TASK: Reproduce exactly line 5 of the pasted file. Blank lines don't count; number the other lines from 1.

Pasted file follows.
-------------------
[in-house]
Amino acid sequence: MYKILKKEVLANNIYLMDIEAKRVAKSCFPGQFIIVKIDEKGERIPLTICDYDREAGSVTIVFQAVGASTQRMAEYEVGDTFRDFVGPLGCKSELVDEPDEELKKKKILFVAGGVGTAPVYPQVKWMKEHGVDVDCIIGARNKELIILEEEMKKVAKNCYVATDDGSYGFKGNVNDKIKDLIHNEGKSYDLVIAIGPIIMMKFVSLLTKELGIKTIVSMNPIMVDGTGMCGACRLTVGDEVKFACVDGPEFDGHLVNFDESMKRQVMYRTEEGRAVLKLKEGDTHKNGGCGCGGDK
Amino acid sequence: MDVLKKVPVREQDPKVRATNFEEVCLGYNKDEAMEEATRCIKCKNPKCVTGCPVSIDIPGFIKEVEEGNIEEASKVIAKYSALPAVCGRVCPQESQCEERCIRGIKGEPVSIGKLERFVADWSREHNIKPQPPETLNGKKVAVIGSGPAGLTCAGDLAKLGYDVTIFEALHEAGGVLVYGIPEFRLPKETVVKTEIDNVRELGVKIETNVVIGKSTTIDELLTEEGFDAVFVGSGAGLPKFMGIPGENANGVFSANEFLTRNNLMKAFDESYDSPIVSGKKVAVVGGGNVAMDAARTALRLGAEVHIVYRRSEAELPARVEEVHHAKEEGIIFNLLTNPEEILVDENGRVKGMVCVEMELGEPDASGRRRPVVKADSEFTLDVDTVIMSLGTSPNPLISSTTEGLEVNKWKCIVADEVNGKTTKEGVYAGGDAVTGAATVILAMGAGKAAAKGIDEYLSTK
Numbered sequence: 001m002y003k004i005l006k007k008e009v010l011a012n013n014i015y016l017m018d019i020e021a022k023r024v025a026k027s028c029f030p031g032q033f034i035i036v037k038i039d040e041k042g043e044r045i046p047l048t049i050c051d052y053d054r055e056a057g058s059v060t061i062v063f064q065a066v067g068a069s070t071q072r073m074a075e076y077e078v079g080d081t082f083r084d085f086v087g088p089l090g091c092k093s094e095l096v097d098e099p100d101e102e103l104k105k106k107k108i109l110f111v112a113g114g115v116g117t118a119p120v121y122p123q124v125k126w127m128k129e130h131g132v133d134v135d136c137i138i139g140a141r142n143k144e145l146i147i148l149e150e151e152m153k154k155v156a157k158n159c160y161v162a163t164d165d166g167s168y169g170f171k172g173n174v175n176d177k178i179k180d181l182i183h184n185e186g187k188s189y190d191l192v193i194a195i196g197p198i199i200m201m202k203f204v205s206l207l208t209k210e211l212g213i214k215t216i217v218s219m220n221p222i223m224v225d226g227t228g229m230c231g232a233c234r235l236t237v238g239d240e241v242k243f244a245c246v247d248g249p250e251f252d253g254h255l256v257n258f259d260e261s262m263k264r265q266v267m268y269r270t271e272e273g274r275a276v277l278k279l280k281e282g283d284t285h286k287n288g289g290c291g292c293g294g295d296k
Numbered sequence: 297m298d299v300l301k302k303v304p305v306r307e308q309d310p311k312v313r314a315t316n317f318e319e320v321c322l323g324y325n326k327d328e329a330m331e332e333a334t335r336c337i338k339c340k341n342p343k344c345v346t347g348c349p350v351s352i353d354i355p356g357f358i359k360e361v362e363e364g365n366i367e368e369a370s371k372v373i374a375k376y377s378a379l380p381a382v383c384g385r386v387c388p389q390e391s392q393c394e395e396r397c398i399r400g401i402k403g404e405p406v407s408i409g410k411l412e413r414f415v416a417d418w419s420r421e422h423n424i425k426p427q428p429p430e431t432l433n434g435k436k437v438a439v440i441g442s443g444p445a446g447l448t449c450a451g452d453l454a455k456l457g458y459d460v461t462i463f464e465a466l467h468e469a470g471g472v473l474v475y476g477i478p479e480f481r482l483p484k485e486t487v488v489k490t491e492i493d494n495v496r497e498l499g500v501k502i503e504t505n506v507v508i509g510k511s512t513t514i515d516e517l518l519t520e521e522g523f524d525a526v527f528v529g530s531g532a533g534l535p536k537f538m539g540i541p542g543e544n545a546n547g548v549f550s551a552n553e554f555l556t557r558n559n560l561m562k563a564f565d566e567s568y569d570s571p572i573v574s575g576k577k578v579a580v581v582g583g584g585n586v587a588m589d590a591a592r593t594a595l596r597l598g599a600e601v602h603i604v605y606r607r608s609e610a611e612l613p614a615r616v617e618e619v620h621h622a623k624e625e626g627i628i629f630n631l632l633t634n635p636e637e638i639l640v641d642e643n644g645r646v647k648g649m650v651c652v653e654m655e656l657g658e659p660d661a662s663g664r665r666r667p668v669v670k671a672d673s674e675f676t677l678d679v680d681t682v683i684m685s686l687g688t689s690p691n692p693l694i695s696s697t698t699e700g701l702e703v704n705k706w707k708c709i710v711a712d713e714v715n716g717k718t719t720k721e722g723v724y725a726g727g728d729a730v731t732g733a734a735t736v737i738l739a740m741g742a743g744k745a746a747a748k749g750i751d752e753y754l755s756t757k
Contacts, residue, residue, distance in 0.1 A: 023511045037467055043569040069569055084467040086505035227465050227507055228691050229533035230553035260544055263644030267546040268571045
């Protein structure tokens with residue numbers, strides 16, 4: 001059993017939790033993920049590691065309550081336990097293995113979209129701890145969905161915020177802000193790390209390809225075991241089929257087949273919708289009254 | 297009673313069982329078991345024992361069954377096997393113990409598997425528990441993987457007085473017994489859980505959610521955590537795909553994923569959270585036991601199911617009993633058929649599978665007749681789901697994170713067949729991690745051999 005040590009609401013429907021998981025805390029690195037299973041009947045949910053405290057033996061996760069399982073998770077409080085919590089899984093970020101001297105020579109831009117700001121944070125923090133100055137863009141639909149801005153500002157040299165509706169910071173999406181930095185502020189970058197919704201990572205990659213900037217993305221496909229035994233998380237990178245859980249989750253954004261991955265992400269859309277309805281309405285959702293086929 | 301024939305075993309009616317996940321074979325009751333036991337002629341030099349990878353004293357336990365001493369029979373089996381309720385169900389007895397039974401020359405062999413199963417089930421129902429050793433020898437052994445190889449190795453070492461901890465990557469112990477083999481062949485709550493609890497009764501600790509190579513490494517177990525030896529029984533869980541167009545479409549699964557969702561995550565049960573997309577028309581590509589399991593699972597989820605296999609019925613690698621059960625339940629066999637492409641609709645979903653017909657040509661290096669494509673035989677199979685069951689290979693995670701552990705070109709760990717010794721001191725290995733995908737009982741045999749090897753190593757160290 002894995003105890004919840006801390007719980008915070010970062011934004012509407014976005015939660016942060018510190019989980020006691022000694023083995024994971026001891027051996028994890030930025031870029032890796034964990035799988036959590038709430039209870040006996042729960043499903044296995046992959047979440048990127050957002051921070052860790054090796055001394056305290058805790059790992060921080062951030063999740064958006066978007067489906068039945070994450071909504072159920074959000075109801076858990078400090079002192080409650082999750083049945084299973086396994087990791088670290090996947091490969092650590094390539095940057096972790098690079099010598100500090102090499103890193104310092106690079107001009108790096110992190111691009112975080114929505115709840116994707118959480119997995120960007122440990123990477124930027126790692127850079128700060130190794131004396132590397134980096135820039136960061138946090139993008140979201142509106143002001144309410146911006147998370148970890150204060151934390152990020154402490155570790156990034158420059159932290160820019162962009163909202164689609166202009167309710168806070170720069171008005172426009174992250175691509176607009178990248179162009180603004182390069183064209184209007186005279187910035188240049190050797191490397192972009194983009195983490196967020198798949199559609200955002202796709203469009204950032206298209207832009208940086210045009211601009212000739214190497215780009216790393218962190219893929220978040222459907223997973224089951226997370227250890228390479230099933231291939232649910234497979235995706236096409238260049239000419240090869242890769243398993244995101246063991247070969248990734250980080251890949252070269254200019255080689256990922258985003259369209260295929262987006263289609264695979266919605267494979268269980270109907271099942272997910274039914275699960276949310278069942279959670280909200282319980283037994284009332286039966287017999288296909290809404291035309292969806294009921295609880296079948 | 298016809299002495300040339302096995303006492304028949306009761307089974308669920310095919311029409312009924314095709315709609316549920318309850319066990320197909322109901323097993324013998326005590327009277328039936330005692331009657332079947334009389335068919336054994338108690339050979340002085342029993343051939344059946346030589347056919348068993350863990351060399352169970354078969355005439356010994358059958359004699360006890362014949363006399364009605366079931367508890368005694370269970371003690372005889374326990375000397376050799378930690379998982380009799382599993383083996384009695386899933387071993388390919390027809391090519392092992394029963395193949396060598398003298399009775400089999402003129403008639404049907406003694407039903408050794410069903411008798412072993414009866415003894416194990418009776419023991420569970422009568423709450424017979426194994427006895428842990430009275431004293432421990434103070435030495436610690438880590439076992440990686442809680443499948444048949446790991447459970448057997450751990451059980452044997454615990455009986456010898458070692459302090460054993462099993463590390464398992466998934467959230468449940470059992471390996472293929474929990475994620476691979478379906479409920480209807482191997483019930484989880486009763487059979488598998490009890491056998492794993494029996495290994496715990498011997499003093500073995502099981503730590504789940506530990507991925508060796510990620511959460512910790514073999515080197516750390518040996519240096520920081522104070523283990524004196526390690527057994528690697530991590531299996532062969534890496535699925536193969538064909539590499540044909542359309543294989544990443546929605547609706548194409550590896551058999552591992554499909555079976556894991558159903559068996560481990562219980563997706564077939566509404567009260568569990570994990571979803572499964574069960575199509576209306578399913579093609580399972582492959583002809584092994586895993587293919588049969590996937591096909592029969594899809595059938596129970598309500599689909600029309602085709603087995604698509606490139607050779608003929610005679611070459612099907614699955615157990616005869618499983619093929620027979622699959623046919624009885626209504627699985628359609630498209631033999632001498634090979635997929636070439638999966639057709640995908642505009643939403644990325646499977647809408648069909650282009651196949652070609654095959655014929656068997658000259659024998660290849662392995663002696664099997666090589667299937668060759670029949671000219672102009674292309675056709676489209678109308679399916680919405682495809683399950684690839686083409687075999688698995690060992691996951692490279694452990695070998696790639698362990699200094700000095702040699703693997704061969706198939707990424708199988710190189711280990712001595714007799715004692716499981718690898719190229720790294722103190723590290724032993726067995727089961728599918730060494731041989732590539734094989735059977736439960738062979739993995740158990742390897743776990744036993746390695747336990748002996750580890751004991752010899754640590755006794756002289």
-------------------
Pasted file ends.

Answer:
Numbered sequence: 297m298d299v300l301k302k303v304p305v306r307e308q309d310p311k312v313r314a315t316n317f318e319e320v321c322l323g324y325n326k327d328e329a330m331e332e333a334t335r336c337i338k339c340k341n342p343k344c345v346t347g348c349p350v351s352i353d354i355p356g357f358i359k360e361v362e363e364g365n366i367e368e369a370s371k372v373i374a375k376y377s378a379l380p381a382v383c384g385r386v387c388p389q390e391s392q393c394e395e396r397c398i399r400g401i402k403g404e405p406v407s408i409g410k411l412e413r414f415v416a417d418w419s420r421e422h423n424i425k426p427q428p429p430e431t432l433n434g435k436k437v438a439v440i441g442s443g444p445a446g447l448t449c450a451g452d453l454a455k456l457g458y459d460v461t462i463f464e465a466l467h468e469a470g471g472v473l474v475y476g477i478p479e480f481r482l483p484k485e486t487v488v489k490t491e492i493d494n495v496r497e498l499g500v501k502i503e504t505n506v507v508i509g510k511s512t513t514i515d516e517l518l519t520e521e522g523f524d525a526v527f528v529g530s531g532a533g534l535p536k537f538m539g540i541p542g543e544n545a546n547g548v549f550s551a552n553e554f555l556t557r558n559n560l561m562k563a564f565d566e567s568y569d570s571p572i573v574s575g576k577k578v579a580v581v582g583g584g585n586v587a588m589d590a591a592r593t594a595l596r597l598g599a600e601v602h603i604v605y606r607r608s609e610a611e612l613p614a615r616v617e618e619v620h621h622a623k624e625e626g627i628i629f630n631l632l633t634n635p636e637e638i639l640v641d642e643n644g645r646v647k648g649m650v651c652v653e654m655e656l657g658e659p660d661a662s663g664r665r666r667p668v669v670k671a672d673s674e675f676t677l678d679v680d681t682v683i684m685s686l687g688t689s690p691n692p693l694i695s696s697t698t699e700g701l702e703v704n705k706w707k708c709i710v711a712d713e714v715n716g717k718t719t720k721e722g723v724y725a726g727g728d729a730v731t732g733a734a735t736v737i738l739a740m741g742a743g744k745a746a747a748k749g750i751d752e753y754l755s756t757k